Sunday, September 24, 2017

Lynn Drury: “Rise Of The Fall” (2017) CD Review

Lynn Drury is a singer and songwriter based in New Orleans. She mixes folk, country, blues, soul, rock and pop elements to create her own appealing and engaging sound, largely focusing on original material. And she is a damn good songwriter, her songs speaking to us honestly and directly. (That line from “City Life” jumps to mind: “I guess I’d rather be messed up than pretty.” And this line from “That’s What You Mean”: “I only wanted to suffocate under the weight of a love that’s real.”) Her new album, Rise Of The Fall, features all original songs, written or co-written by Drury. Rise Of The Fall is, by my count, her eighth full-length release, and features Rene Coman on bass, Chris Adkins on guitar, Chris Pylant on drums and backing vocals, Derek Huston on saxophone, Jack Craft on cello, Sam Craft on violin, Jake Gold on organ, Trevor Brooks on piano and organ, as well as other guests on certain tracks.

The album opens with “Lifetime Of Living,” a kind of beautiful and moving number, with a good amount of experience apparent in Lynn’s vocals, which works to give weight to the advice she offers. Really, her voice and the strings are what make this song something special. “There’s a lifetime of living/Don’t you forget it/Don’t you regret it/Don’t jump ahead of it.” And there is something about this song that is making me feel good. What more could I ask for from a song? “Trust in what you know.” Trevor Brooks plays organ on this track.

That’s followed by “Anniversary,” which has a strong country feel and full-band sound. “There was something he’s supposed to remember, but he forgot/It’s just his anniversary, his anniversary.” Then in “11:11,” Lynn sings “It’s 11:11 and I, I love you.” It’s a thoughtful, somewhat moody night song, and that line sets the tone so well. So simple and yet it says quite a lot, doesn’t it? “It’s 11:11, and I, I love you.” And by the end, the song has built in power. This one was written by Lynn Drury and Judson Smith.

One of my favorites is “Water Your Words.” It’s a beautiful song, slow and moving, yet oddly catchy, and with an excellent vocal performance. “We’ve always been good/At riding that fence/Between black and white/So don’t make me choose/Between this life and you.” Arsène DeLay provides backing vocals on this track. This song dug into my brain, made itself a home there, where it is certainly welcome. I love this one more each time I listen to it. It’s followed by another of the album’s highlights, “What Good Is The Rain,” which has an adorable and quirky sweetness. These are the opening lines: “I want to wrap my hands around/Something that don’t get me down/And it don’t come with regret.” And check out these lines: “I’m sorry, I just thought/You wouldn’t want my heart/It’s weary and worn/Slammed shut from weathering too many storms/So what good is the rain/If it don’t wash away the pain.” Wonderful, right?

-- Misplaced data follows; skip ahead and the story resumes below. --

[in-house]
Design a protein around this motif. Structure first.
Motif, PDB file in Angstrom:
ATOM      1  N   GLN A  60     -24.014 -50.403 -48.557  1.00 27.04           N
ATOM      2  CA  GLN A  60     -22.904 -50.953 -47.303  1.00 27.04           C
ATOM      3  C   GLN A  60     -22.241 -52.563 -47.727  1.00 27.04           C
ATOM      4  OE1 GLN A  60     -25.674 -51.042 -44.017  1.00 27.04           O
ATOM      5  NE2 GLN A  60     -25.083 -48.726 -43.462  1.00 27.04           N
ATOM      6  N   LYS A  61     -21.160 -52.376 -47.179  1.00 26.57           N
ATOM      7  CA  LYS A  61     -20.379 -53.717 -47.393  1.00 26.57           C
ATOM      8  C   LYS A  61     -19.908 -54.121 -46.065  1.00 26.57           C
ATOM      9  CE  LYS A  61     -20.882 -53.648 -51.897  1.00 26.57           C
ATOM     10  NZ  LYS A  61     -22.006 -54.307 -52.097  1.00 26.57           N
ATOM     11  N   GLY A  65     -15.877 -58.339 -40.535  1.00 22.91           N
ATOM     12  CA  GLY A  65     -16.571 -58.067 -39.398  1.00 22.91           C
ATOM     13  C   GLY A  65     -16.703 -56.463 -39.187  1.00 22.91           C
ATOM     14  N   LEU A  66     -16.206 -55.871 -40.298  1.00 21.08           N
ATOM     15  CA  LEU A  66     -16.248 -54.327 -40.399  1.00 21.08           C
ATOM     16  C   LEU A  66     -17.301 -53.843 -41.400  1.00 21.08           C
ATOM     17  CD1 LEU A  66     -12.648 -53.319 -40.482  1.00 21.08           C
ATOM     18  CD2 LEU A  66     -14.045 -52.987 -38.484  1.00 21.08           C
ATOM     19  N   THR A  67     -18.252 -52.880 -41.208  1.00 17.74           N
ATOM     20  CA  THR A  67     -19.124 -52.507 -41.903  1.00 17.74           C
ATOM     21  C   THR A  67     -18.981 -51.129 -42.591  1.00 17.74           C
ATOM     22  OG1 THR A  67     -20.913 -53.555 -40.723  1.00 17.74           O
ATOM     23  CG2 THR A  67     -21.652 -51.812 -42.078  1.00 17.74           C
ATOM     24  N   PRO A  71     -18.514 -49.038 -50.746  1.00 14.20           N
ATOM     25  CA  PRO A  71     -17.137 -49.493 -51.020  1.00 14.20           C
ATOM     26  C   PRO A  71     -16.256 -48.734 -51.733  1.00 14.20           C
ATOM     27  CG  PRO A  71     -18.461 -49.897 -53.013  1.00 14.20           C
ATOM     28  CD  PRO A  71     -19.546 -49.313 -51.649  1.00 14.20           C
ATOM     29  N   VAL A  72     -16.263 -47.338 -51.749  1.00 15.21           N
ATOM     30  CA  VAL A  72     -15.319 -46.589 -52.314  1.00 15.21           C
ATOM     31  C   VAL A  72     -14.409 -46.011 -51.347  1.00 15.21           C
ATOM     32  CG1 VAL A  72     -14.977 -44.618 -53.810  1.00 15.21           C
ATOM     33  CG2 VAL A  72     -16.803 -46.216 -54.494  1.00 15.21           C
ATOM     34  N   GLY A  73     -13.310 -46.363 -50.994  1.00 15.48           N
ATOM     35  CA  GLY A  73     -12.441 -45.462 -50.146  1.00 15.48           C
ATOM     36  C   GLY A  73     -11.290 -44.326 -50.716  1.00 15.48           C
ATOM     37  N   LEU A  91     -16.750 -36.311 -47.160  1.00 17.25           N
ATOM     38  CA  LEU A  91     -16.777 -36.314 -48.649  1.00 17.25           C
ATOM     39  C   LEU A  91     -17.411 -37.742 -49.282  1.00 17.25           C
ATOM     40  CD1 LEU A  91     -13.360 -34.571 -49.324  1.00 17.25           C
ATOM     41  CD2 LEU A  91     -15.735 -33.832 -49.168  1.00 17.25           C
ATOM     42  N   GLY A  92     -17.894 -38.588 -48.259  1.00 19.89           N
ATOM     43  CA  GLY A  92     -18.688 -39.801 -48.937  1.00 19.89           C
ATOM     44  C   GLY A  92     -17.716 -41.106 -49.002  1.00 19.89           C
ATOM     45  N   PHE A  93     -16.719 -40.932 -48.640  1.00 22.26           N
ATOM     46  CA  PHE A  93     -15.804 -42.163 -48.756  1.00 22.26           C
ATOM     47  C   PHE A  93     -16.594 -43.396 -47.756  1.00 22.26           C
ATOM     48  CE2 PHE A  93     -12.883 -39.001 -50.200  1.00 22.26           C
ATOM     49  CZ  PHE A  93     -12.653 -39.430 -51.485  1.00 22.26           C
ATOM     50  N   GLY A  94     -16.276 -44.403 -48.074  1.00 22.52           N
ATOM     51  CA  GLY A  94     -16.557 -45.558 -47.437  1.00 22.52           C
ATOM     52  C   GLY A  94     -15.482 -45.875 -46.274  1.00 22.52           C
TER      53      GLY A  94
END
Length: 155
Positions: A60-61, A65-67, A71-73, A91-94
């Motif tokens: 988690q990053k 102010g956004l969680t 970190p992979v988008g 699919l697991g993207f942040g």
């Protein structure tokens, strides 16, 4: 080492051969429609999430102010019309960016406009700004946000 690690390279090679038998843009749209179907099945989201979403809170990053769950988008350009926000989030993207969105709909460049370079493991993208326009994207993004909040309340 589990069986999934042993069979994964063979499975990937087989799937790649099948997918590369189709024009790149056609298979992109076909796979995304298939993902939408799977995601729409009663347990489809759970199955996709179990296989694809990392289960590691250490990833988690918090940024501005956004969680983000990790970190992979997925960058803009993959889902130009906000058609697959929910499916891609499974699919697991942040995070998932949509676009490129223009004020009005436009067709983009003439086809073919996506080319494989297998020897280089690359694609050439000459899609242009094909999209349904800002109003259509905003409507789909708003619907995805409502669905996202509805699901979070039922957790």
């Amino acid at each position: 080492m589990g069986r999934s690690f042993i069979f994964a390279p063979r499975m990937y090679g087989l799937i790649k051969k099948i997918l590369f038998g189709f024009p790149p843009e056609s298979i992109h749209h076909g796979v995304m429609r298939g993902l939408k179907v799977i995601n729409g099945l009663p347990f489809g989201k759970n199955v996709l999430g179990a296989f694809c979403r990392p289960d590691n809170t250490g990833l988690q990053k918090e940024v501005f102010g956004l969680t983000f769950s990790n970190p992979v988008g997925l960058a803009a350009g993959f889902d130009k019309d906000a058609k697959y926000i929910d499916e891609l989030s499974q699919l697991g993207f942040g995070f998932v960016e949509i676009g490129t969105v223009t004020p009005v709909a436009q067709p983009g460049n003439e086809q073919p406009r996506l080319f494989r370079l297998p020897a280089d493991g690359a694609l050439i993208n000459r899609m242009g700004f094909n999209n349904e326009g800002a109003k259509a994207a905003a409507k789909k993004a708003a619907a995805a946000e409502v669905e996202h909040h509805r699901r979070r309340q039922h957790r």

“Rise Of The Fall,” the CD’s title track, is another seriously strong song, with some beautiful work on strings. “Freedom Tree” is a slow, bluesy kind of haunting number. “I would never outgrow your touch/I would keep you through the winter of my love/My love.” Alex McMurray plays lead guitar on this track. “Taking All The Good People” is another favorite, this one written by Lynn Drury and Judson Smith. “Sometimes you don’t see the pain/When you’re walking down the street/And he’s hammering away on a dream that ain’t his/’Cause his skin ain’t the color of liberty/We have to stand up and say/We don’t believe in what they’re doing/Taking all the good people away.”

CD Track List
  1. Lifetime Of Living
  2. Anniversary
  3. 11:11
  4. Cold Feet
  5. Water Your Words
  6. What Good Is The Rain
  7. Rise Of The Fall
  8. Tuesday Lover
  9. Freedom Tree
  10. I Need You
  11. Taking All The Good People
  12. Shutter
Rise Of The Fall is scheduled to be released on September 29, 2017.

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